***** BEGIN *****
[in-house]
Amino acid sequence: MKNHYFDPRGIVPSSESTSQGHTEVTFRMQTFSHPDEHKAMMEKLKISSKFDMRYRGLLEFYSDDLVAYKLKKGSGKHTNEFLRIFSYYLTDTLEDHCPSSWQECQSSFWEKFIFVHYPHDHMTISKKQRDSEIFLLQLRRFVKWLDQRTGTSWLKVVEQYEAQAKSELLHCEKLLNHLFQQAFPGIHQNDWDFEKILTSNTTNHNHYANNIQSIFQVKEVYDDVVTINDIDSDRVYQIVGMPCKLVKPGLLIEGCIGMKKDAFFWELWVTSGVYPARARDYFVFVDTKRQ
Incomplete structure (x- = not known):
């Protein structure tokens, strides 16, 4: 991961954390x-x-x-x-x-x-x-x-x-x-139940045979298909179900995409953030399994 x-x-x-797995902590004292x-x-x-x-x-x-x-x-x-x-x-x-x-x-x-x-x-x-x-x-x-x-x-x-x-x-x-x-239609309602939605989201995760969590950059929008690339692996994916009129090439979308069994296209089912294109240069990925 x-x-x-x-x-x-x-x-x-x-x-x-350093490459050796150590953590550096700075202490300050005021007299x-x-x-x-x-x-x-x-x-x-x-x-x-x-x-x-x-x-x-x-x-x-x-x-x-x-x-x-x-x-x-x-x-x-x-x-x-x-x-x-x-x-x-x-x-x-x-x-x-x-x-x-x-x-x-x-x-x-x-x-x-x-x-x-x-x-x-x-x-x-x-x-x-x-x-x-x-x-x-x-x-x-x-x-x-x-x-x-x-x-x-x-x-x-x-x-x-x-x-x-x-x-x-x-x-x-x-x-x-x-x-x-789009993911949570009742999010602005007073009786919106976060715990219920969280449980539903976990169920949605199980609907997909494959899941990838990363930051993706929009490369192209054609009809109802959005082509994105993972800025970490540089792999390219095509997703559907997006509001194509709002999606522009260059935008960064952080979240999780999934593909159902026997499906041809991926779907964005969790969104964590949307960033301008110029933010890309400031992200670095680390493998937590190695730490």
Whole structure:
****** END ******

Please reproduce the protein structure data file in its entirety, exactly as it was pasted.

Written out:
[in-house]
Amino acid sequence: MKNHYFDPRGIVPSSESTSQGHTEVTFRMQTFSHPDEHKAMMEKLKISSKFDMRYRGLLEFYSDDLVAYKLKKGSGKHTNEFLRIFSYYLTDTLEDHCPSSWQECQSSFWEKFIFVHYPHDHMTISKKQRDSEIFLLQLRRFVKWLDQRTGTSWLKVVEQYEAQAKSELLHCEKLLNHLFQQAFPGIHQNDWDFEKILTSNTTNHNHYANNIQSIFQVKEVYDDVVTINDIDSDRVYQIVGMPCKLVKPGLLIEGCIGMKKDAFFWELWVTSGVYPARARDYFVFVDTKRQ
Incomplete structure (x- = not known):
């Protein structure tokens, strides 16, 4: 991961954390x-x-x-x-x-x-x-x-x-x-139940045979298909179900995409953030399994 x-x-x-797995902590004292x-x-x-x-x-x-x-x-x-x-x-x-x-x-x-x-x-x-x-x-x-x-x-x-x-x-x-x-239609309602939605989201995760969590950059929008690339692996994916009129090439979308069994296209089912294109240069990925 x-x-x-x-x-x-x-x-x-x-x-x-350093490459050796150590953590550096700075202490300050005021007299x-x-x-x-x-x-x-x-x-x-x-x-x-x-x-x-x-x-x-x-x-x-x-x-x-x-x-x-x-x-x-x-x-x-x-x-x-x-x-x-x-x-x-x-x-x-x-x-x-x-x-x-x-x-x-x-x-x-x-x-x-x-x-x-x-x-x-x-x-x-x-x-x-x-x-x-x-x-x-x-x-x-x-x-x-x-x-x-x-x-x-x-x-x-x-x-x-x-x-x-x-x-x-x-x-x-x-x-x-x-x-x-789009993911949570009742999010602005007073009786919106976060715990219920969280449980539903976990169920949605199980609907997909494959899941990838990363930051993706929009490369192209054609009809109802959005082509994105993972800025970490540089792999390219095509997703559907997006509001194509709002999606522009260059935008960064952080979240999780999934593909159902026997499906041809991926779907964005969790969104964590949307960033301008110029933010890309400031992200670095680390493998937590190695730490």
Whole structure: